Jed Goldfarb


Keeping Rufo in Its Cell: The Modification of Antitrust Consent Decrees After Rufo v. Inmates of Suffolk County Jail

Jed Goldfarb

In Rufo v. Inmates of Suffolk County Jail, the Supreme Court determined that that parties seeking to modify institutional reform consent decrees need demonstrate neither “grievous wrong” nor that the decree’s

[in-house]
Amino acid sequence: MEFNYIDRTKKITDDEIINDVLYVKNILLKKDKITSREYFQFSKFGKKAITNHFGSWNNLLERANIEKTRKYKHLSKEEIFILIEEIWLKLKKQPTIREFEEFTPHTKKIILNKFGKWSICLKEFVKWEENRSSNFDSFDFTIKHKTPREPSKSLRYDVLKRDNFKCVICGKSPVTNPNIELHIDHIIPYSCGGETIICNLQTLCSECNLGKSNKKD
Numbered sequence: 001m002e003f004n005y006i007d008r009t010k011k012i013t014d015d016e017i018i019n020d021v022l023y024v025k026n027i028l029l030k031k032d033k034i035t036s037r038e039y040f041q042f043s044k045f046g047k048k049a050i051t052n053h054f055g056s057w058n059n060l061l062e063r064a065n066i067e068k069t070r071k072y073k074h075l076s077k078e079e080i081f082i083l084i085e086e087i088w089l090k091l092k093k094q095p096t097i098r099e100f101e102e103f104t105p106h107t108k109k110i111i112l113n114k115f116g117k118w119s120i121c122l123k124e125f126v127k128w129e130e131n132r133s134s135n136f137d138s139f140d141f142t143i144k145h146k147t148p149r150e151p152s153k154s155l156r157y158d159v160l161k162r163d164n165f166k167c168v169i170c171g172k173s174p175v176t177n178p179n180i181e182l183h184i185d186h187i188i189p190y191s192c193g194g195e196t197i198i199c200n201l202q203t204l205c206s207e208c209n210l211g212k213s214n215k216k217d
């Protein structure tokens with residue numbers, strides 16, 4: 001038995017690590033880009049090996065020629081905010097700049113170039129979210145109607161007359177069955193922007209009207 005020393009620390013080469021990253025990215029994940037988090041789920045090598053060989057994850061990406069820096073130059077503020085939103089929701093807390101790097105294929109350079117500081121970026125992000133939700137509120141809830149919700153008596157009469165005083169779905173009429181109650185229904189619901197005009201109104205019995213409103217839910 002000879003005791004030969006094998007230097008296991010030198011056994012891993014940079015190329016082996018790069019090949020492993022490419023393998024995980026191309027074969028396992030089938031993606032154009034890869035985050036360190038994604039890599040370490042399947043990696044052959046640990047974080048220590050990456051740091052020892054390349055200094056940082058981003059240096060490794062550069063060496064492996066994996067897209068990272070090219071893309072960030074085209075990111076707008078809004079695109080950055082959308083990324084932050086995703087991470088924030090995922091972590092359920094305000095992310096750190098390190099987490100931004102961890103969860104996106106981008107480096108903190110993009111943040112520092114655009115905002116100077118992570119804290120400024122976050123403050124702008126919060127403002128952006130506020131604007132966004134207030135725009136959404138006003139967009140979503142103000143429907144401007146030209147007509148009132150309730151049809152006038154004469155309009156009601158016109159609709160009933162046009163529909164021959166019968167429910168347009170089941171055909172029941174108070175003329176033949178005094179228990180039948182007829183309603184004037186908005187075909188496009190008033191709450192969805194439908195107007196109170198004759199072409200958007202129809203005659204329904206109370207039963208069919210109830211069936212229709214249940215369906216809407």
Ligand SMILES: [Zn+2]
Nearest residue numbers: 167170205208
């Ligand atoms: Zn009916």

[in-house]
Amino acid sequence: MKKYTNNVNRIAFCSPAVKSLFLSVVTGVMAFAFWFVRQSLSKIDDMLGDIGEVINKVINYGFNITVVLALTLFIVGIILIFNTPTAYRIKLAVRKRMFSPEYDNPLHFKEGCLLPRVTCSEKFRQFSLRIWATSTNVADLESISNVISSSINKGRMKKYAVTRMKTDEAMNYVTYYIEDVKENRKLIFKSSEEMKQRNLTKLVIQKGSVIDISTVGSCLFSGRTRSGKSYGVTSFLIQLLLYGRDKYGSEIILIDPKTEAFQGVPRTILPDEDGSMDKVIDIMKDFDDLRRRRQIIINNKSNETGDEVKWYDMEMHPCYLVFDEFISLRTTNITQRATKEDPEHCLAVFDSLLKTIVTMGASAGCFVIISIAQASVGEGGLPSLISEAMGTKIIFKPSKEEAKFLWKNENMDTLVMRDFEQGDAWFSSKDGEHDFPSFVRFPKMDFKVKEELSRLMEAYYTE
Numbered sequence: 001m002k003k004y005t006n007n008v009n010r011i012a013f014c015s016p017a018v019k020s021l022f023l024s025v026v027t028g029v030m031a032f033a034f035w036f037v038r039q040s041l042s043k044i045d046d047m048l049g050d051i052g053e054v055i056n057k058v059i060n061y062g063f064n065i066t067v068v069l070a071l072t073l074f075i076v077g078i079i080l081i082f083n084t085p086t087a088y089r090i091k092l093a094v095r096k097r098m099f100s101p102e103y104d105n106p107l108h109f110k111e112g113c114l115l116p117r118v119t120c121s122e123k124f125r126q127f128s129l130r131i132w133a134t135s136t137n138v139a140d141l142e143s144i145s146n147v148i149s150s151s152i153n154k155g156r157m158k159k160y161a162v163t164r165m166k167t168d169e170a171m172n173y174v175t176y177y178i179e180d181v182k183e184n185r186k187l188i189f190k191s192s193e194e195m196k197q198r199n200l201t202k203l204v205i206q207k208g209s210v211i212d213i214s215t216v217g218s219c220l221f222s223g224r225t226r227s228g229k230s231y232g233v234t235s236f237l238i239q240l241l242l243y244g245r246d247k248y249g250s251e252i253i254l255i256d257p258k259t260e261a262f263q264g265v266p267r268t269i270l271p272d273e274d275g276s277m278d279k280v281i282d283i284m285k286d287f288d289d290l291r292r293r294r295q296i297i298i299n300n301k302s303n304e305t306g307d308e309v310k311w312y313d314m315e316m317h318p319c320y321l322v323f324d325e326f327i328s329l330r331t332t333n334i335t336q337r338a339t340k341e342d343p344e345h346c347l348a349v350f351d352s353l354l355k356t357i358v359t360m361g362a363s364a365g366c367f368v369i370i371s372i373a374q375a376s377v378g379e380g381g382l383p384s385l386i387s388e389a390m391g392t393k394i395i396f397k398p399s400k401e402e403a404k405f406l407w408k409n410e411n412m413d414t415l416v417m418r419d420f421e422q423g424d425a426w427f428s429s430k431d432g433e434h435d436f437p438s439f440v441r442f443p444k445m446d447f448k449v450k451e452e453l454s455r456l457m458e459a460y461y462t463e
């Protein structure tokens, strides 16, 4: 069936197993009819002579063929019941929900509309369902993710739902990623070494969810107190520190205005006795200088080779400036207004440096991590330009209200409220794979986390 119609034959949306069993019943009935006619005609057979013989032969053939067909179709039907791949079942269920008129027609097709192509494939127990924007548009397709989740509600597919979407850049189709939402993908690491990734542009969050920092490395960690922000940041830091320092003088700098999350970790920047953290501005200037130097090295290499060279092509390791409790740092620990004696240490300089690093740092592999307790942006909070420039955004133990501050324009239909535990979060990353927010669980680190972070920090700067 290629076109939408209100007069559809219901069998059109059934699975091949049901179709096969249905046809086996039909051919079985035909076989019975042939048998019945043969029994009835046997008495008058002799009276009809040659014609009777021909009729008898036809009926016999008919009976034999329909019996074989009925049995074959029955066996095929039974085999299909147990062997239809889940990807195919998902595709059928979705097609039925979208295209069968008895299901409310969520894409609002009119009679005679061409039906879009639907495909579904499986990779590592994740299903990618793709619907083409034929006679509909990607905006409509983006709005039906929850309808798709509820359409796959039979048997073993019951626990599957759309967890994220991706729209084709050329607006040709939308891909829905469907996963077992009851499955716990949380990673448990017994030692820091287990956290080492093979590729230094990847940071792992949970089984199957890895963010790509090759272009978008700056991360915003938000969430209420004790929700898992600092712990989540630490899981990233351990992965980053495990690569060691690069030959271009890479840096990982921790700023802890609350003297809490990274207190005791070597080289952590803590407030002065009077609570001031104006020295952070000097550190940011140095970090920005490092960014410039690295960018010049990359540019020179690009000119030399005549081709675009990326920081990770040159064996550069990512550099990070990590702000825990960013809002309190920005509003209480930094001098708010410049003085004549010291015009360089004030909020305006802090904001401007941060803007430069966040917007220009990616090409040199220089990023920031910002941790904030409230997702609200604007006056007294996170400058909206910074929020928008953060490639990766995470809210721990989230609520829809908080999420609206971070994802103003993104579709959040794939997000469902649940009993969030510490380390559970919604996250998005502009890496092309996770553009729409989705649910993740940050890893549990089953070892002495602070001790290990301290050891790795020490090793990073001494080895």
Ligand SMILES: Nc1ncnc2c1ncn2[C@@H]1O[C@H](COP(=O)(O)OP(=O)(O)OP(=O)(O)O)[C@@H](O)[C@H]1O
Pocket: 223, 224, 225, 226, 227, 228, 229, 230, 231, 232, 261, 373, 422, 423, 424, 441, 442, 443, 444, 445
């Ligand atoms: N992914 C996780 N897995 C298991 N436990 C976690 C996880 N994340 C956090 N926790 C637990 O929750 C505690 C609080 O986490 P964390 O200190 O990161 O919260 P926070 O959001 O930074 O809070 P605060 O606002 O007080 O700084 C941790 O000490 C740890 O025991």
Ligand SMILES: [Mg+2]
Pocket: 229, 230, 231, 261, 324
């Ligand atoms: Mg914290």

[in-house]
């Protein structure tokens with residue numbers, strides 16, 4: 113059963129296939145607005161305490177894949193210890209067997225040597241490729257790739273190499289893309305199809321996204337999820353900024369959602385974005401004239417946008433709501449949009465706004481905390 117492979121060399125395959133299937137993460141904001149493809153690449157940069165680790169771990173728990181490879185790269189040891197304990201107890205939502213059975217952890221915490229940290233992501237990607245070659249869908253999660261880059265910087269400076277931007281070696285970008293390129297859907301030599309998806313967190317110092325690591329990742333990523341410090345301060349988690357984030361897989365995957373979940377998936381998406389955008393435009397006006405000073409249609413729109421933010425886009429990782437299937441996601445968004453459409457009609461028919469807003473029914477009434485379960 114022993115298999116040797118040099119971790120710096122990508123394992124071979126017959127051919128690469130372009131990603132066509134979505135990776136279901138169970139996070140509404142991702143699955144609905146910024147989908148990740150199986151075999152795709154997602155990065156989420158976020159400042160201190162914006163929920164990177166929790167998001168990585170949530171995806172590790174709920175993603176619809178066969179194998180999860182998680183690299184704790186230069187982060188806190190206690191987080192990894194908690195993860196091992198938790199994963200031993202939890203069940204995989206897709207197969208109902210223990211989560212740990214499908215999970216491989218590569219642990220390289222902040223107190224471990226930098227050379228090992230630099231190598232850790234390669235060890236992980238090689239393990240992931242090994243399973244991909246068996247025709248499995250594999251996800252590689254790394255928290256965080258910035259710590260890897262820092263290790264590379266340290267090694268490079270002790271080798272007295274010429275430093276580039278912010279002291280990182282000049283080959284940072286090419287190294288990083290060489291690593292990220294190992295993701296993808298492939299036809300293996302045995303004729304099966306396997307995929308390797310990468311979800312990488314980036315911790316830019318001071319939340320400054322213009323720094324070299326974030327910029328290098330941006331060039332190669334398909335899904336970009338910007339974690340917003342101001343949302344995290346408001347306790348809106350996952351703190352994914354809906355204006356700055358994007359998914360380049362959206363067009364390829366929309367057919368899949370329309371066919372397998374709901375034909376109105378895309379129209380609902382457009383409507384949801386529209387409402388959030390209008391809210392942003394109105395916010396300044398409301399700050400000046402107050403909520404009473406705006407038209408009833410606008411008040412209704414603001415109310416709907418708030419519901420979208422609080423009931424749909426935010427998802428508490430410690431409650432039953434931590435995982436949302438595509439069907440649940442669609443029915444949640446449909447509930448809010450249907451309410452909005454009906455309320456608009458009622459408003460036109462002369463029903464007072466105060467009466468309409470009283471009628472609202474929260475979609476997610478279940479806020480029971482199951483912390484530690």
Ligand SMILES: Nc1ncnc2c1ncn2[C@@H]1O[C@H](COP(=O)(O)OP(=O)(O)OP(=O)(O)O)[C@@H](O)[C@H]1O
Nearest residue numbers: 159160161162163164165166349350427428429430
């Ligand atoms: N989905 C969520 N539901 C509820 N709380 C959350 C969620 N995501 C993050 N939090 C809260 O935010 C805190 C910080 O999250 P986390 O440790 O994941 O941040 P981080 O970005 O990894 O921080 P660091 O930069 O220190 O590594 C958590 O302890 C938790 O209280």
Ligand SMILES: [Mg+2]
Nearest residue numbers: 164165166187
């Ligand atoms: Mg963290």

purposes have been fully achieved. Instead, the Court held, moving parties are required to show only that a “significant change in circumstances warrants revision of the decree.” Because the consent decree in Rufo specifically involved institutional reform, lower courts are divided over the extent to which Rufo‘s more flexible standard should apply beyond the institutional reform setting. If courts apply Rufo literally, antitrust enforcement agencies, which currently settle more than seventy percent of their cases via consent decree, likely will become reluctant to enter into consent decrees. Further, in light of a recently implemented antitrust enforcement policy that generally limits consent decrees to ten years, and antitrust defendants’ already powerful incentives to settle via consent decree, the flexible Rufo standard is unnecessary and inappropriate in the antitrust context. Finally, several stark differences between institutional reform and antitrust litigation indicate that the rationales underlying Rufo are not applicable in the antitrust context.